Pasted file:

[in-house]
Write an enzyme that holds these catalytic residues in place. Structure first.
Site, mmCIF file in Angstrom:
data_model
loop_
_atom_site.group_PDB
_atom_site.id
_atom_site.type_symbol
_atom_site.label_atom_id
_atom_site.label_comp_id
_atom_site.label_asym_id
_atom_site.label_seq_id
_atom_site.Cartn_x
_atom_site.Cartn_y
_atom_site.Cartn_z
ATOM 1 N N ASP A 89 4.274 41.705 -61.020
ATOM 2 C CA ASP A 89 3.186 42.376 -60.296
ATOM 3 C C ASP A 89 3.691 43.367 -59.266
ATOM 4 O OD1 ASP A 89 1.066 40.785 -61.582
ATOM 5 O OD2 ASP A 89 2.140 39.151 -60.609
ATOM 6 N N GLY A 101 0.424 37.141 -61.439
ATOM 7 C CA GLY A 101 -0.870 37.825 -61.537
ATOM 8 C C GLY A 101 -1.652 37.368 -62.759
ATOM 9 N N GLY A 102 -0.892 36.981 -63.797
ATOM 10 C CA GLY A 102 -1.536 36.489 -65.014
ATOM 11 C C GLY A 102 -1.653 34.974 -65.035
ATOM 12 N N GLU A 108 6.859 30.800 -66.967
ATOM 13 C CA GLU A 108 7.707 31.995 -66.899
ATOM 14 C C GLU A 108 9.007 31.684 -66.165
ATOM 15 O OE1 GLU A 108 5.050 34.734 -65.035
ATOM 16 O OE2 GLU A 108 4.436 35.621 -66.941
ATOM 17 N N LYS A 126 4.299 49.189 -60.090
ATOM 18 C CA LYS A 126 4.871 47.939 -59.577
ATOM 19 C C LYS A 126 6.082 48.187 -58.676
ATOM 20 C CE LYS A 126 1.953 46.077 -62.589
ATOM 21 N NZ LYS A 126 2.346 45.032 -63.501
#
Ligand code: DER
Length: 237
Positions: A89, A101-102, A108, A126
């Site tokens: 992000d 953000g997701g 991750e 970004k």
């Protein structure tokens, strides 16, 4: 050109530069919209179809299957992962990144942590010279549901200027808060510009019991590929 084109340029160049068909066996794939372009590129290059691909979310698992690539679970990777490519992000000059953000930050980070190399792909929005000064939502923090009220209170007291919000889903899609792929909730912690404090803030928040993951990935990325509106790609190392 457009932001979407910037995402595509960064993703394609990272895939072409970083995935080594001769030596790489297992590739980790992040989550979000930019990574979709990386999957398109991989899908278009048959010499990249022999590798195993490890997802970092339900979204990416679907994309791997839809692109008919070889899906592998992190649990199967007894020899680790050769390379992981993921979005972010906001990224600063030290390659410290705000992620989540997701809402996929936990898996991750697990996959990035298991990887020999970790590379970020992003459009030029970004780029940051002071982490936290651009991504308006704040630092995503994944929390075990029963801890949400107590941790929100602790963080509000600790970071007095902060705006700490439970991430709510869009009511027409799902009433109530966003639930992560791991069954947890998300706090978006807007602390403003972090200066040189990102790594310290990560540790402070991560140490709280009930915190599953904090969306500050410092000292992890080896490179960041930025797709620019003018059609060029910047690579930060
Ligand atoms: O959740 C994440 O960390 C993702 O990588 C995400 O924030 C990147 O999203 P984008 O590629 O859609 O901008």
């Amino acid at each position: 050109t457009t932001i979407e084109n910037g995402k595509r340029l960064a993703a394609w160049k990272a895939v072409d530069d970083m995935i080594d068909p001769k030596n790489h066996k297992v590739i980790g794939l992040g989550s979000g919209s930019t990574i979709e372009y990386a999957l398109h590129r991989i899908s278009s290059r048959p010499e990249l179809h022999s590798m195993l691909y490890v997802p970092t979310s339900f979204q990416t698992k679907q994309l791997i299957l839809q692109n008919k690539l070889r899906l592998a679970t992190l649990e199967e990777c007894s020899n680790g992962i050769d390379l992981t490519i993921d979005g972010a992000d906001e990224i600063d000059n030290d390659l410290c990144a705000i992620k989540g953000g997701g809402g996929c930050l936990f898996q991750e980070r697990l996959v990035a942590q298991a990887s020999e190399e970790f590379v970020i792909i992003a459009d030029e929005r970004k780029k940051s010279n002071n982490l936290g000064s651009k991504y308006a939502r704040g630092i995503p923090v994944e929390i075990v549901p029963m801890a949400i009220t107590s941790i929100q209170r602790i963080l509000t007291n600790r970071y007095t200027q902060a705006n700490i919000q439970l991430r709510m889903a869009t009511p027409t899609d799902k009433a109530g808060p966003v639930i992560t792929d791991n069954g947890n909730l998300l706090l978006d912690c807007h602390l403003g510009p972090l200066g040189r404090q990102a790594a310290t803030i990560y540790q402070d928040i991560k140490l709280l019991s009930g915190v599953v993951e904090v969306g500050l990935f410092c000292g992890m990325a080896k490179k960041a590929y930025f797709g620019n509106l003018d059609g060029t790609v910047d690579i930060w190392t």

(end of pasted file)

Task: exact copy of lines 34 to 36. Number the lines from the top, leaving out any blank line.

ATOM 19 C C LYS A 126 6.082 48.187 -58.676
ATOM 20 C CE LYS A 126 1.953 46.077 -62.589
ATOM 21 N NZ LYS A 126 2.346 45.032 -63.501